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  1. #41
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    I would say no never drop you tools. you might need it to get out. Also just because the evacuation signal has sounded does not mean you drop everything and run around like a chicken with your head cut off. if anything when the evac tones sound you need to think and use your head even more. Time to leave yes. however think of what you are doing. Are you on a hoseline protecting the stairs with guys searching above the fire. Are you attcking the fire with guys searching past the fire room.


  2. #42
    Back In Black ChiefKN's Avatar
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    Quote Originally Posted by TNFF319 View Post
    Im going to say no. I have been to quite a few of these "trainings." It ends up being someone looking in the book as much as the students. Then, they put their spin on it, which always ends up being wrong or just plain stupid.

    The wildland thing makes sense because you won't need them for egress.
    Well, actually.. You do need your tool to create a deployment area for your shelter. But if it's slowing you down, drop it.

    However, too often they find guys within a few feet of a chainsaw.
    I am now a past chief and the views, opinions, and comments are mine and mine alone. I do not speak for any department or in any official capacity. Although, they would be smart to listen to me.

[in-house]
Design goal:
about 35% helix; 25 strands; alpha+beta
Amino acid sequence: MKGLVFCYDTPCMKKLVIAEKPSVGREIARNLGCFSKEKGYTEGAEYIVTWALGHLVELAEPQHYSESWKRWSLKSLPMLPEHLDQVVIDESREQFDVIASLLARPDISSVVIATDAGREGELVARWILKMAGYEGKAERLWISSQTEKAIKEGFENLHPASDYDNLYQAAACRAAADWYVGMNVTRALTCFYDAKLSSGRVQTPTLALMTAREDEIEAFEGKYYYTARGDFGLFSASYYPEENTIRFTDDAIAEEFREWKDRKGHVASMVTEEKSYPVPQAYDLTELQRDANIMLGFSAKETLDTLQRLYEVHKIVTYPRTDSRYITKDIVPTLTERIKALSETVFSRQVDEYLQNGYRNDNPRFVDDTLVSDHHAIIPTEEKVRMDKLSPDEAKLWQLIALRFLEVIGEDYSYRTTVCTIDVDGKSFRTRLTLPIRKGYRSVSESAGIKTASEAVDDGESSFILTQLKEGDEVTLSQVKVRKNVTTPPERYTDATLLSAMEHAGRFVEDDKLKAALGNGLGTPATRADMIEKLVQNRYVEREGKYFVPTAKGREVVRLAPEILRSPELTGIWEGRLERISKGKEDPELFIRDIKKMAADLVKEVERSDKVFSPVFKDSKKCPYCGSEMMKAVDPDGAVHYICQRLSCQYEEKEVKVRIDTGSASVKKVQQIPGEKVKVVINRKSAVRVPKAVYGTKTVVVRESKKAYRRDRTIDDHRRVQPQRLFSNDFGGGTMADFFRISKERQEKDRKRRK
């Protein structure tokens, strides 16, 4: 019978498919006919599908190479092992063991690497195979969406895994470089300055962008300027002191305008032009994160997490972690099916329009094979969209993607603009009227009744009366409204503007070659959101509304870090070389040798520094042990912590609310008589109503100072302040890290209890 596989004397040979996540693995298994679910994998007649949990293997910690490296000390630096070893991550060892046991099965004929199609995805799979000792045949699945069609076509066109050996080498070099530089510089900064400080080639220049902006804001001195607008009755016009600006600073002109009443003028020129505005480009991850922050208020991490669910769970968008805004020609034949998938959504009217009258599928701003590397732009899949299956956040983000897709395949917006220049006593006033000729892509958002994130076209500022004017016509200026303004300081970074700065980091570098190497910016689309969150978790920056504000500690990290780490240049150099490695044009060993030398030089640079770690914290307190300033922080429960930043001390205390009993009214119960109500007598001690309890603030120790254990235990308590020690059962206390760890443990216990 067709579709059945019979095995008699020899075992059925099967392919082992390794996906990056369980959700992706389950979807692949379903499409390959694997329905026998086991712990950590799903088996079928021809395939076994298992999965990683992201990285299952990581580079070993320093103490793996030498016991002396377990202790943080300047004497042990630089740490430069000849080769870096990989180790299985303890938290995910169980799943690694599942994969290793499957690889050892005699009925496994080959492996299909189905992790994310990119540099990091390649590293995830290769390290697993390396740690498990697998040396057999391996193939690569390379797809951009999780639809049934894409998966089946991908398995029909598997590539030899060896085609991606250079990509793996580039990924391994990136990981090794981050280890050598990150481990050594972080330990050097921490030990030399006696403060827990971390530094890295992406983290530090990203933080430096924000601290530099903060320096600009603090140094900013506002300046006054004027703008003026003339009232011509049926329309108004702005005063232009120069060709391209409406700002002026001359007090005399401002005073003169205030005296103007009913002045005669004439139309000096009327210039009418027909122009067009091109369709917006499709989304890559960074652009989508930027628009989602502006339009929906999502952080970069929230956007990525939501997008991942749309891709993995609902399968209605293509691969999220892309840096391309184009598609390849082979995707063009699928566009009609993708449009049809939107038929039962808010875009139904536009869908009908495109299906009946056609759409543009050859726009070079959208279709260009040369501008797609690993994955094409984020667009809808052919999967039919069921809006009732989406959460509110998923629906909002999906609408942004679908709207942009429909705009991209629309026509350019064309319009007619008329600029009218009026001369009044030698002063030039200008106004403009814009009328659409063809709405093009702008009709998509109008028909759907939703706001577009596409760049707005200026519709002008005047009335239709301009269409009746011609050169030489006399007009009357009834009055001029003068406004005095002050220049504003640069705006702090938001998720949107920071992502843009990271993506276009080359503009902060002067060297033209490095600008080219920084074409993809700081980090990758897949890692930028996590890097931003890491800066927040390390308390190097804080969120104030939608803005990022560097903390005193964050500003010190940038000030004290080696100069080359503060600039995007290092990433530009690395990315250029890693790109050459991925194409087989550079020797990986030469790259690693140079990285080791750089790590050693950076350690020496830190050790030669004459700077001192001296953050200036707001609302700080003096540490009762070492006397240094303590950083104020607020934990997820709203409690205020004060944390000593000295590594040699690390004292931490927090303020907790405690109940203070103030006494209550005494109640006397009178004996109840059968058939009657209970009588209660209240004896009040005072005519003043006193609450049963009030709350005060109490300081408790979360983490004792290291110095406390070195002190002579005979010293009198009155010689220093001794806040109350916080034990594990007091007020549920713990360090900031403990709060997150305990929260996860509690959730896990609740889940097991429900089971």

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  3. #43
    Forum Member FyredUp's Avatar
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    I have come back to this topic several times and started to post another response and each time thought better about it. But now I am ready to say what I have to say, so here goes.

    1) I think this instructor/Lieutenant acted incredibly unprofessional. I believe he chose anger over being questioned or challenged versus an opportunity to explain why he believed dropping the tools was the right choice.

    2) There were 2 tacts the firefighter could have taken one of compliance. Yes sir, I will drop my tools because you say so. (whether, you plan to actually comply or not.) Or the other of questioning why and without a good solid explanation, defiance of that order.

    Frankly, if I couldn't get a valid explanation for his viewpoint I would ignore his order and keep my tools with me. Insubordination? Perhaps. But just because someone is an officer doesn't mean they know a damn thing other than how to get to be an officer. The anger at being questioned seems to indicate that the officer has no solid reasoning for his point of view.
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  4. #44
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    Fyred: I agree completely, especially since the officer or person in question was an instructor. Any decent instructor would have said drop the tools because....insert reasoning here.

    Good instructors welcome discussion in the classroom or in an after drill critique. You can learn more from those discussions than from the drill or training evolution itself.

    It doesn't appear the the original poster has come back. I would be interested to see if the OP ever got a reason.

  5. #45
    MembersZone Subscriber voyager9's Avatar
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    Quote Originally Posted by FyredUp View Post
    Yep. We punch a hole in the wall with the handle of the axe, slide our bail out rope over the handle and then slide the axe handle into the hole and wedge it between the inside wall and the sheathing. I would have never believed that would hold if I hadn't seen it for myself.
    Do you have a picture of this? I'm having a hard time visualizing it.
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  6. #46